Once there, the school opening was attended by dignitaries and school officials in a formal ceremony that honoured the work in the community. Opportunities in this area abound and the relationships between the school, town leaders and local government are paramount. 

After the formal proceedings the youth concert was a time of full on celebration. The crowd packed the venue, hung out windows and doors to gain a vantage point. Pastor Raju was the first to jump on stage to party and from here the crowd spilt onto the stage to really get their groove on. A great time was enjoyed by all.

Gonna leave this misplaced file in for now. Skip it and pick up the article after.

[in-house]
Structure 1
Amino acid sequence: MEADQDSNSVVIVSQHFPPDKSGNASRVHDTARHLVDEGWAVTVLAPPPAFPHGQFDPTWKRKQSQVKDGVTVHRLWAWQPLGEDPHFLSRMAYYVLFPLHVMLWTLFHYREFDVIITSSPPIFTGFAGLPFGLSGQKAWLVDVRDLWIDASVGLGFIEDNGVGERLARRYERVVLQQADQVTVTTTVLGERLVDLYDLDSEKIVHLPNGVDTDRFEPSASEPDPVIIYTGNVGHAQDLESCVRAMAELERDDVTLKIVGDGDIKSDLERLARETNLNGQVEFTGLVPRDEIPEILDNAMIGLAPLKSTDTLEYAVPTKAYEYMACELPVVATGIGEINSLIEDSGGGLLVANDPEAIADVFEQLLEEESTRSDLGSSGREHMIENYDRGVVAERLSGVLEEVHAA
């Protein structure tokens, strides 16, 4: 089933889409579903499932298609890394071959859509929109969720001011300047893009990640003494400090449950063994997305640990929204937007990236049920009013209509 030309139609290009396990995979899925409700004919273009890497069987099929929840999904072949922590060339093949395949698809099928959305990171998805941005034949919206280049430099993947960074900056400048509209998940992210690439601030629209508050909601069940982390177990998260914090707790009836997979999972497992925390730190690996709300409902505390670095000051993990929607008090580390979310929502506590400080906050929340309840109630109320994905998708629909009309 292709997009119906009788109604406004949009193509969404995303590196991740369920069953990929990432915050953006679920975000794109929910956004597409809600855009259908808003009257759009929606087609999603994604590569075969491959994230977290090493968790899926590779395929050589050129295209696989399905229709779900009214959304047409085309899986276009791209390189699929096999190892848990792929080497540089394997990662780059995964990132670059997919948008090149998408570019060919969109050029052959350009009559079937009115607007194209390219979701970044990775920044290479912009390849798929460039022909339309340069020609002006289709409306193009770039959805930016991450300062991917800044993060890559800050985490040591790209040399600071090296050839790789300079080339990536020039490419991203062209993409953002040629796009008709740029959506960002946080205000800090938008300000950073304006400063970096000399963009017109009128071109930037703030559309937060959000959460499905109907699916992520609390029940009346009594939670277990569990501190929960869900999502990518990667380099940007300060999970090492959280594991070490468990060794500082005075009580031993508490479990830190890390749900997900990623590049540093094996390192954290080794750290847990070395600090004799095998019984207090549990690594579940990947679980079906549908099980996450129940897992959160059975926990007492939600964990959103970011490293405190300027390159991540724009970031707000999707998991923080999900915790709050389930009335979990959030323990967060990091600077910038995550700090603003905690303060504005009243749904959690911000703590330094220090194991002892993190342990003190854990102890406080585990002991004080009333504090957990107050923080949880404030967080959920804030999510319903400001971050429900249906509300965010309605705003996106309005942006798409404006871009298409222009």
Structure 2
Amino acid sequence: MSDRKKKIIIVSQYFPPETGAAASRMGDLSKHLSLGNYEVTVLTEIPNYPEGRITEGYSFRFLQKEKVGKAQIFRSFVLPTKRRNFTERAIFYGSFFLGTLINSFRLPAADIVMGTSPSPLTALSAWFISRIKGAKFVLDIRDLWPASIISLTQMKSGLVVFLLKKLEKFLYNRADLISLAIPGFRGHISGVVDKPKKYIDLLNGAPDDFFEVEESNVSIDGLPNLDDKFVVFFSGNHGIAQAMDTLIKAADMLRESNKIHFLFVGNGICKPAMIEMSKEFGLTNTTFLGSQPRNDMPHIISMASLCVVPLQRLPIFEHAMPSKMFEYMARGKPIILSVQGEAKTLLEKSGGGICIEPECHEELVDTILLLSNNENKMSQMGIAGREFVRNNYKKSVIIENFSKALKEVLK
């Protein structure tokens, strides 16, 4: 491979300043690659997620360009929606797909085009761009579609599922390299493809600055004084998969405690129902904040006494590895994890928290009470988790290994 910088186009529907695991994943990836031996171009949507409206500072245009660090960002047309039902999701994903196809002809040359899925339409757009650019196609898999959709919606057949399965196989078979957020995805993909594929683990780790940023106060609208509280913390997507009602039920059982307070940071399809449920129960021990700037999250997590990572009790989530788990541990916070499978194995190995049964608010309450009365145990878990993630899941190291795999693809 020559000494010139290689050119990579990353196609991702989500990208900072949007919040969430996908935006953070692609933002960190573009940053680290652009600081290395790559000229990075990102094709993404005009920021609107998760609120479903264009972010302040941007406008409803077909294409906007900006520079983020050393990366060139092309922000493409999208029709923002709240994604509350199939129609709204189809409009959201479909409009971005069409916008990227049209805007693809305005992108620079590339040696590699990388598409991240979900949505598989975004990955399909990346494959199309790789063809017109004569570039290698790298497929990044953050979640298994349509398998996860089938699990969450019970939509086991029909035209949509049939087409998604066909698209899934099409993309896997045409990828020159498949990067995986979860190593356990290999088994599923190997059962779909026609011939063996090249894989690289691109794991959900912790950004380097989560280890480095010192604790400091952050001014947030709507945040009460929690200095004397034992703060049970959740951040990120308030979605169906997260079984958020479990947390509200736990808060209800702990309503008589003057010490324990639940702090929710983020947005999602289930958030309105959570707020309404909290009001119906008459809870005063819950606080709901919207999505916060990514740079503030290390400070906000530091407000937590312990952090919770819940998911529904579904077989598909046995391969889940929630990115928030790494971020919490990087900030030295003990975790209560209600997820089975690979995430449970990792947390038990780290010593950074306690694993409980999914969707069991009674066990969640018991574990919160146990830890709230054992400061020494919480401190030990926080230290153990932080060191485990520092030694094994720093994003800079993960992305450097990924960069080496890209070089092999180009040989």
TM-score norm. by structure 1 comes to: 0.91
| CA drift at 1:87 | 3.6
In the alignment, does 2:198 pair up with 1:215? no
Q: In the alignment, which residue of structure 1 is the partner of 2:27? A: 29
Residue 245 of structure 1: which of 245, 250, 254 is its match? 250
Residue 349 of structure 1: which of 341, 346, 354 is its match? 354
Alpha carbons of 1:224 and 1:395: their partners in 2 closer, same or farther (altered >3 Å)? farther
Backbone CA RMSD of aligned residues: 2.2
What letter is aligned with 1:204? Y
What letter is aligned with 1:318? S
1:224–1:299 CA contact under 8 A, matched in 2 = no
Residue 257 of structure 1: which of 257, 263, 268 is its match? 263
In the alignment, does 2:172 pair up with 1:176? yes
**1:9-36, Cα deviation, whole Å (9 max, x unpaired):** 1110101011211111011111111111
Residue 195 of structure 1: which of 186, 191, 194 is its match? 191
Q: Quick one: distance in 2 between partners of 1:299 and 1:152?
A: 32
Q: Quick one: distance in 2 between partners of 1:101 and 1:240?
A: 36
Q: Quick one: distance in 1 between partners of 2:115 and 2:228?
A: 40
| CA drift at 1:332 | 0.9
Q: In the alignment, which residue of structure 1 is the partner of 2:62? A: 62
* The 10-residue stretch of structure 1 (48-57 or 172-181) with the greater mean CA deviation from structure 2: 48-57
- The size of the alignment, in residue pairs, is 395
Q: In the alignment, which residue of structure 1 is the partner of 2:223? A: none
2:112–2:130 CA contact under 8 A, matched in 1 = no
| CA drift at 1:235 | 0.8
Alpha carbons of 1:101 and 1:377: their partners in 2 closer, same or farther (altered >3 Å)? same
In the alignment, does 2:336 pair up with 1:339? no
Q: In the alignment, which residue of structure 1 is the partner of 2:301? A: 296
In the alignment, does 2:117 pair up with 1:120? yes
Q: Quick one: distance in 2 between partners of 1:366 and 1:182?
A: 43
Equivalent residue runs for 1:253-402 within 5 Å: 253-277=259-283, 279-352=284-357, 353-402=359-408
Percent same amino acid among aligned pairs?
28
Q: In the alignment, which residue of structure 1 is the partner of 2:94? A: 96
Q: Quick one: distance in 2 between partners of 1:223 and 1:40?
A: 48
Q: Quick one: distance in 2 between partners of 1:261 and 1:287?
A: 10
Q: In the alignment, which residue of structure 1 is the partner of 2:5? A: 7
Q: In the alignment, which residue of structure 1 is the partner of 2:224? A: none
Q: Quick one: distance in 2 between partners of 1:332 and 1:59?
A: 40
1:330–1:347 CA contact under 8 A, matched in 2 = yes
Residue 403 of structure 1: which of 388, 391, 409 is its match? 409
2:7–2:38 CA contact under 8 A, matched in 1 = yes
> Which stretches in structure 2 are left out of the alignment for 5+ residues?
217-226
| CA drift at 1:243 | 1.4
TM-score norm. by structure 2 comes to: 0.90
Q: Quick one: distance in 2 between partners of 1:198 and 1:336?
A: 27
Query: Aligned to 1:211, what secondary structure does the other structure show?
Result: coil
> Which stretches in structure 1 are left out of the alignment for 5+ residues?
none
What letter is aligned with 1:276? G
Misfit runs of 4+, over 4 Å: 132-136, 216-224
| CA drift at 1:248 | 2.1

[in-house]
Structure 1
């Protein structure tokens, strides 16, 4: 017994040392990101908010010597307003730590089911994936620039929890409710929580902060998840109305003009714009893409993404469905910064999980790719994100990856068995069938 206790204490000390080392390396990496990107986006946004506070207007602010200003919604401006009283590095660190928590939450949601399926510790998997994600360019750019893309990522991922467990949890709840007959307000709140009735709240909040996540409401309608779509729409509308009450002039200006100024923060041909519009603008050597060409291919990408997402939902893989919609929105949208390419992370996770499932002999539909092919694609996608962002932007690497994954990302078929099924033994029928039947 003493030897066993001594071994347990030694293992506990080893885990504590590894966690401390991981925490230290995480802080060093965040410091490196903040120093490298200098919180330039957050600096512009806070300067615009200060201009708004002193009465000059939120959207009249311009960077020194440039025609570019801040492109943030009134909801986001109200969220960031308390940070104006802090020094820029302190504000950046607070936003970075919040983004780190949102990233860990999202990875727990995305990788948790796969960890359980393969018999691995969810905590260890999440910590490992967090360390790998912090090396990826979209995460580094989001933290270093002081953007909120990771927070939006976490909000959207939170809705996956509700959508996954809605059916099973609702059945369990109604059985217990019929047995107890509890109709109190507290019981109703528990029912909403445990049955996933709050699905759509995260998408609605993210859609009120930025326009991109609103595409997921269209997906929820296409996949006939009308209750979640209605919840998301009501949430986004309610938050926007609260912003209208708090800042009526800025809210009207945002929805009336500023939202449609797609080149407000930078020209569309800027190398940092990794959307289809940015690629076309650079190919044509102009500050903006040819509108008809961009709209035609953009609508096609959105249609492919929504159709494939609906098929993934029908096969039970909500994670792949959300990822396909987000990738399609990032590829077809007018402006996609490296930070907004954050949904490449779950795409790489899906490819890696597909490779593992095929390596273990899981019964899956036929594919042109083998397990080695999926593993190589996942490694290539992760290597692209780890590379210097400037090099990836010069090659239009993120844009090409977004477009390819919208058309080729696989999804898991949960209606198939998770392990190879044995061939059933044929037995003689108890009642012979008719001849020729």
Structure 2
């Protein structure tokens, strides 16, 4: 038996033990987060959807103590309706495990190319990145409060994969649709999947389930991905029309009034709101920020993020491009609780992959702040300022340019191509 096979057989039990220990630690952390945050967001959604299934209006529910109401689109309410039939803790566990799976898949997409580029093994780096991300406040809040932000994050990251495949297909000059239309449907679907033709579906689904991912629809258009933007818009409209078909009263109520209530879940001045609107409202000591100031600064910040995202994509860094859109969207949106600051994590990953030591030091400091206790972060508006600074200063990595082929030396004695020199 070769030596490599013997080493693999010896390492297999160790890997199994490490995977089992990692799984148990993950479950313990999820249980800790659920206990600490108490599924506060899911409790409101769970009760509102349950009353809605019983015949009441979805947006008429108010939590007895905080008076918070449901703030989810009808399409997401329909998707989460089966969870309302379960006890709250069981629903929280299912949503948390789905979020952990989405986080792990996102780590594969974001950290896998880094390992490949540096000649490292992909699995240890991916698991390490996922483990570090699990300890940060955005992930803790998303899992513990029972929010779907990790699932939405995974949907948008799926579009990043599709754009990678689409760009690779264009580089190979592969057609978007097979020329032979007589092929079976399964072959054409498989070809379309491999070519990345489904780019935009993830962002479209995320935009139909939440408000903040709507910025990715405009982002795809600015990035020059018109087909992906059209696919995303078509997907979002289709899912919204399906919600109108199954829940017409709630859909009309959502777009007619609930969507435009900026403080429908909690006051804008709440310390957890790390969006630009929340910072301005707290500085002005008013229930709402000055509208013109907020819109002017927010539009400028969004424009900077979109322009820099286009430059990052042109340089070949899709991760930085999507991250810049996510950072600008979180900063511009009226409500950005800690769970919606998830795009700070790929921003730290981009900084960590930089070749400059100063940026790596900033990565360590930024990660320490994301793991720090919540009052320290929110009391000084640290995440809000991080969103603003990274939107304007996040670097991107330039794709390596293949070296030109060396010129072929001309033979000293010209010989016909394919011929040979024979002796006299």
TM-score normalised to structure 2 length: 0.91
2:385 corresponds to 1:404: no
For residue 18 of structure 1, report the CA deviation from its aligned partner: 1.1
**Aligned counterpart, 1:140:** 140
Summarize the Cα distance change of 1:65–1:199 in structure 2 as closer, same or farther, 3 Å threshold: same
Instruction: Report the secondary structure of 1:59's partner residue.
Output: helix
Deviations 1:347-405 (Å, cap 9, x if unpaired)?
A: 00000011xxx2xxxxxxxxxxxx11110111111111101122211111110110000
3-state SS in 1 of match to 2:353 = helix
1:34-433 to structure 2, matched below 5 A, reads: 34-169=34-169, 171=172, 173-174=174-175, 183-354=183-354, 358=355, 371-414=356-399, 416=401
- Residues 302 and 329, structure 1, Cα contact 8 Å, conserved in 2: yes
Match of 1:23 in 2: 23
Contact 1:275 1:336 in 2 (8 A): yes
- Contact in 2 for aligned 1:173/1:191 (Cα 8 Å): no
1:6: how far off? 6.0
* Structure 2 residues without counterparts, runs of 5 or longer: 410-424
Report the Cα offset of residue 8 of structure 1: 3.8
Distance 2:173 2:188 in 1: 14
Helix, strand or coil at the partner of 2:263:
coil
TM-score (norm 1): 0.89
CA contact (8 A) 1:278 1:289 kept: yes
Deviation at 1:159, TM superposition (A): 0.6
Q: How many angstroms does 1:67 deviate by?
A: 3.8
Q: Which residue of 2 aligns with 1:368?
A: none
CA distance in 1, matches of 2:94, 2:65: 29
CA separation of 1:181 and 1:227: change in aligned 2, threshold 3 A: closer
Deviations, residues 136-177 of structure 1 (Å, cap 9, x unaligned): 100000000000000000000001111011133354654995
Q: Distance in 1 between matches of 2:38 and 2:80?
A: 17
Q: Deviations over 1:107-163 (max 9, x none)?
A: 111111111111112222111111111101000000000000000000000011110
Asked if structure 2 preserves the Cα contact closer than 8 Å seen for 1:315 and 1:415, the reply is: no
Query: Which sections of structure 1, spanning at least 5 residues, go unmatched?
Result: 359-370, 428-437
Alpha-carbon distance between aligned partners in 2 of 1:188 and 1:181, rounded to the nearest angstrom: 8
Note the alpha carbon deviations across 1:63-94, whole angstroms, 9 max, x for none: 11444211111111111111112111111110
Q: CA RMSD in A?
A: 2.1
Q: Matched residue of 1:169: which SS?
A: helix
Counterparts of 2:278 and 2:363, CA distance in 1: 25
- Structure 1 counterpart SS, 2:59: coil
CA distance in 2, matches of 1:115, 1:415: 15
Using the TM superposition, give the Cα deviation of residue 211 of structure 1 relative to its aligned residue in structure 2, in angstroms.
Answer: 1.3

Our trip home strengthened relationships and gave us opportunity to experience Nepal like locals as our hosts showed us life through their eyes. Eating in local food stalls, stopping at Nepali haunts and learning to appreciate the culture without western influence was a real treat.

We begin again to interview and update photos this coming week and look forward to interacting with girls we are yet to meet. Hearing more stories and seeing God's heart of love poured into lives that respond in tangible ways, will no doubt impact us further.

Thanks for all your prayer support. We are all well and safe.

Geoff, Gloria, Aaron and Brooke Parry